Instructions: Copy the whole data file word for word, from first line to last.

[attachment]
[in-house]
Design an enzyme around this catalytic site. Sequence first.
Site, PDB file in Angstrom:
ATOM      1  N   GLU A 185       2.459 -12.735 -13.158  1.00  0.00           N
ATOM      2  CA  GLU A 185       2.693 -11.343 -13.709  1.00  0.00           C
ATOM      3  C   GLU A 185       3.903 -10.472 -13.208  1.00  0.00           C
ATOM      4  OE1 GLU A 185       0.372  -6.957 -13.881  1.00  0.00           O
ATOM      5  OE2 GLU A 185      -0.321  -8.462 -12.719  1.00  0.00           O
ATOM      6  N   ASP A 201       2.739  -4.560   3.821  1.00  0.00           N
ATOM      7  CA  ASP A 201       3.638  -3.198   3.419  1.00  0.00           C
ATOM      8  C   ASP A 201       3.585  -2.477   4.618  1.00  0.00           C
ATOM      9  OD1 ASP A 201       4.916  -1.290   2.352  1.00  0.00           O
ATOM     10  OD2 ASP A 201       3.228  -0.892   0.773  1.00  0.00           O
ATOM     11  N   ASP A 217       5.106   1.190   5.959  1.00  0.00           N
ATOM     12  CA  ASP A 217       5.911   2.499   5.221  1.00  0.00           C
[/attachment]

[in-house]
Design an enzyme around this catalytic site. Sequence first.
Site, PDB file in Angstrom:
ATOM      1  N   GLU A 185       2.459 -12.735 -13.158  1.00  0.00           N
ATOM      2  CA  GLU A 185       2.693 -11.343 -13.709  1.00  0.00           C
ATOM      3  C   GLU A 185       3.903 -10.472 -13.208  1.00  0.00           C
ATOM      4  OE1 GLU A 185       0.372  -6.957 -13.881  1.00  0.00           O
ATOM      5  OE2 GLU A 185      -0.321  -8.462 -12.719  1.00  0.00           O
ATOM      6  N   ASP A 201       2.739  -4.560   3.821  1.00  0.00           N
ATOM      7  CA  ASP A 201       3.638  -3.198   3.419  1.00  0.00           C
ATOM      8  C   ASP A 201       3.585  -2.477   4.618  1.00  0.00           C
ATOM      9  OD1 ASP A 201       4.916  -1.290   2.352  1.00  0.00           O
ATOM     10  OD2 ASP A 201       3.228  -0.892   0.773  1.00  0.00           O
ATOM     11  N   ASP A 217       5.106   1.190   5.959  1.00  0.00           N
ATOM     12  CA  ASP A 217       5.911   2.499   5.221  1.00  0.00           C